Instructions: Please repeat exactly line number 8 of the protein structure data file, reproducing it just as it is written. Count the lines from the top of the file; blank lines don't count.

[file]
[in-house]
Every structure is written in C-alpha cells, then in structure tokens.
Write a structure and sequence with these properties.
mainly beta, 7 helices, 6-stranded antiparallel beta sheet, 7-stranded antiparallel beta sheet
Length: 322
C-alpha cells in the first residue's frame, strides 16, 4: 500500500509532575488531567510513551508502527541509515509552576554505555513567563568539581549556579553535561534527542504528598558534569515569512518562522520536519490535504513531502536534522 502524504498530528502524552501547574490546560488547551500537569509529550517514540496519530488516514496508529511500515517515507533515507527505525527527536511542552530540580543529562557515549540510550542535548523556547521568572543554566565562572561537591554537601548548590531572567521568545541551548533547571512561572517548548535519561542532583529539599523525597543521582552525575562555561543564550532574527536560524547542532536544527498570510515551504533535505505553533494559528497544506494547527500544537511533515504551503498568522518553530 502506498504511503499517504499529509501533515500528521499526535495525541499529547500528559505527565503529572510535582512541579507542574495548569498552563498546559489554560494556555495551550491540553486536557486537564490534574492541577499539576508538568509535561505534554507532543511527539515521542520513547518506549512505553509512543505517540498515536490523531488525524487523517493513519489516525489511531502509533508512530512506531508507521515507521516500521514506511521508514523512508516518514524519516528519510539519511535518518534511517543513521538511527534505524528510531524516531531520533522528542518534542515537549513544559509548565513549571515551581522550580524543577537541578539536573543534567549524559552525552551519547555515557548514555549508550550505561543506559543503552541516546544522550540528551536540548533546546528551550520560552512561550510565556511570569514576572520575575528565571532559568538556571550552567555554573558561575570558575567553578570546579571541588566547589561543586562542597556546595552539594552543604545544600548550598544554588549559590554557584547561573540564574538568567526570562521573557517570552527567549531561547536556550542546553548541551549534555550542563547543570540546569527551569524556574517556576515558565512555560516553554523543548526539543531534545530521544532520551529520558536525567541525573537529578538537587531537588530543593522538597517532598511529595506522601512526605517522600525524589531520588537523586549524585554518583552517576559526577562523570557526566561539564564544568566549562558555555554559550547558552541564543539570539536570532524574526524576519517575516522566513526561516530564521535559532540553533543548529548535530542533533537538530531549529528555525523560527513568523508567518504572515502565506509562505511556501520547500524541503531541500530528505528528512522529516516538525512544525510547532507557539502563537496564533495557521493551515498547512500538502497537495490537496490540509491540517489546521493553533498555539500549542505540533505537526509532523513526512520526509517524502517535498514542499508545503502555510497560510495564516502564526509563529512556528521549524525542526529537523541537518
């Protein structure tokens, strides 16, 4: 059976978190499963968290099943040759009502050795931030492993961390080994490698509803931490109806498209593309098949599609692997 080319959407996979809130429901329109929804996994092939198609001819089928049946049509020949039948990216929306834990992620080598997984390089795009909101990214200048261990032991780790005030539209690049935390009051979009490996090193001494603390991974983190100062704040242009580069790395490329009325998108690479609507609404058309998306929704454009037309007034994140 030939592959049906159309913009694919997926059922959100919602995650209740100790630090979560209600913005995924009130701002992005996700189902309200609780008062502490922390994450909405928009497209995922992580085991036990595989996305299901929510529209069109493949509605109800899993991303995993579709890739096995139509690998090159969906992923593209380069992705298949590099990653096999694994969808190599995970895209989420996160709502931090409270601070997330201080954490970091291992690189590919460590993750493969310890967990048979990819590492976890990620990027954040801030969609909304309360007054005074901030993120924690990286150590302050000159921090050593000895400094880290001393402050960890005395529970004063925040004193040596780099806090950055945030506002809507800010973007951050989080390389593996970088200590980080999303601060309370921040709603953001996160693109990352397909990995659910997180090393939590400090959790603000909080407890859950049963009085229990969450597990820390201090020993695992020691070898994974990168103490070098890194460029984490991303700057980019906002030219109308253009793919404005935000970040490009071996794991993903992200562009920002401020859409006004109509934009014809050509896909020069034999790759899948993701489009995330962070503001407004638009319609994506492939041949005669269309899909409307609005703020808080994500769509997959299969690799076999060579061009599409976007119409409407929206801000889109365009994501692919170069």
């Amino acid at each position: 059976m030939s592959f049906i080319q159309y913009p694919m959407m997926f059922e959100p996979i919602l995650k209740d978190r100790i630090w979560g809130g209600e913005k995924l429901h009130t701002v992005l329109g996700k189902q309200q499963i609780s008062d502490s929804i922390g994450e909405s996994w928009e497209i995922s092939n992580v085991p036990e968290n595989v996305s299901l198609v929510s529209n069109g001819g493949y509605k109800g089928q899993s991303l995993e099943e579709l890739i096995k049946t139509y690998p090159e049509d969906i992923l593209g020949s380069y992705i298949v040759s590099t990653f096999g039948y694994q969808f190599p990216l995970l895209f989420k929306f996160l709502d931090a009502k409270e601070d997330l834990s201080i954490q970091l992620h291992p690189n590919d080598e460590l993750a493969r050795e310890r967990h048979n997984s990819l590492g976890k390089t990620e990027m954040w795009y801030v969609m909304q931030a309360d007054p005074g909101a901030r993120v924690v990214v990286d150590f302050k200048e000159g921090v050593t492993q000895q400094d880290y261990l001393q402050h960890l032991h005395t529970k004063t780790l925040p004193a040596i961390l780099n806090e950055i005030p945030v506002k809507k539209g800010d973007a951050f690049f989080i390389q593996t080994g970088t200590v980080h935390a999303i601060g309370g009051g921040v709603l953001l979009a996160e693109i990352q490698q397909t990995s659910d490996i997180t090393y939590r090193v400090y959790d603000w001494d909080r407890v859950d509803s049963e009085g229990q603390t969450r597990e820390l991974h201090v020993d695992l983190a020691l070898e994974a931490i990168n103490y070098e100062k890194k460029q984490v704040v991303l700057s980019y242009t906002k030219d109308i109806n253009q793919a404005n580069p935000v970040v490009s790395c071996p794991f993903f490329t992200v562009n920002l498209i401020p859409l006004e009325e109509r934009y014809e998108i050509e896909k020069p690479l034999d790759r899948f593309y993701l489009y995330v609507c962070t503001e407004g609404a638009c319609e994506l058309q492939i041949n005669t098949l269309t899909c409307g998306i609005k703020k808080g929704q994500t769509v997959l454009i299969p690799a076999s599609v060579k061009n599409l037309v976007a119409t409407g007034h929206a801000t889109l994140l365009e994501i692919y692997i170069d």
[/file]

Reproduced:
């Amino acid at each position: 059976m030939s592959f049906i080319q159309y913009p694919m959407m997926f059922e959100p996979i919602l995650k209740d978190r100790i630090w979560g809130g209600e913005k995924l429901h009130t701002v992005l329109g996700k189902q309200q499963i609780s008062d502490s929804i922390g994450e909405s996994w928009e497209i995922s092939n992580v085991p036990e968290n595989v996305s299901l198609v929510s529209n069109g001819g493949y509605k109800g089928q899993s991303l995993e099943e579709l890739i096995k049946t139509y690998p090159e049509d969906i992923l593209g020949s380069y992705i298949v040759s590099t990653f096999g039948y694994q969808f190599p990216l995970l895209f989420k929306f996160l709502d931090a009502k409270e601070d997330l834990s201080i954490q970091l992620h291992p690189n590919d080598e460590l993750a493969r050795e310890r967990h048979n997984s990819l590492g976890k390089t990620e990027m954040w795009y801030v969609m909304q931030a309360d007054p005074g909101a901030r993120v924690v990214v990286d150590f302050k200048e000159g921090v050593t492993q000895q400094d880290y261990l001393q402050h960890l032991h005395t529970k004063t780790l925040p004193a040596i961390l780099n806090e950055i005030p945030v506002k809507k539209g800010d973007a951050f690049f989080i390389q593996t080994g970088t200590v980080h935390a999303i601060g309370g009051g921040v709603l953001l979009a996160e693109i990352q490698q397909t990995s659910d490996i997180t090393y939590r090193v400090y959790d603000w001494d909080r407890v859950d509803s049963e009085g229990q603390t969450r597990e820390l991974h201090v020993d695992l983190a020691l070898e994974a931490i990168n103490y070098e100062k890194k460029q984490v704040v991303l700057s980019y242009t906002k030219d109308i109806n253009q793919a404005n580069p935000v970040v490009s790395c071996p794991f993903f490329t992200v562009n920002l498209i401020p859409l006004e009325e109509r934009y014809e998108i050509e896909k020069p690479l034999d790759r899948f593309y993701l489009y995330v609507c962070t503001e407004g609404a638009c319609e994506l058309q492939i041949n005669t098949l269309t899909c409307g998306i609005k703020k808080g929704q994500t769509v997959l454009i299969p690799a076999s599609v060579k061009n599409l037309v976007a119409t409407g007034h929206a801000t889109l994140l365009e994501i692919y692997i170069d």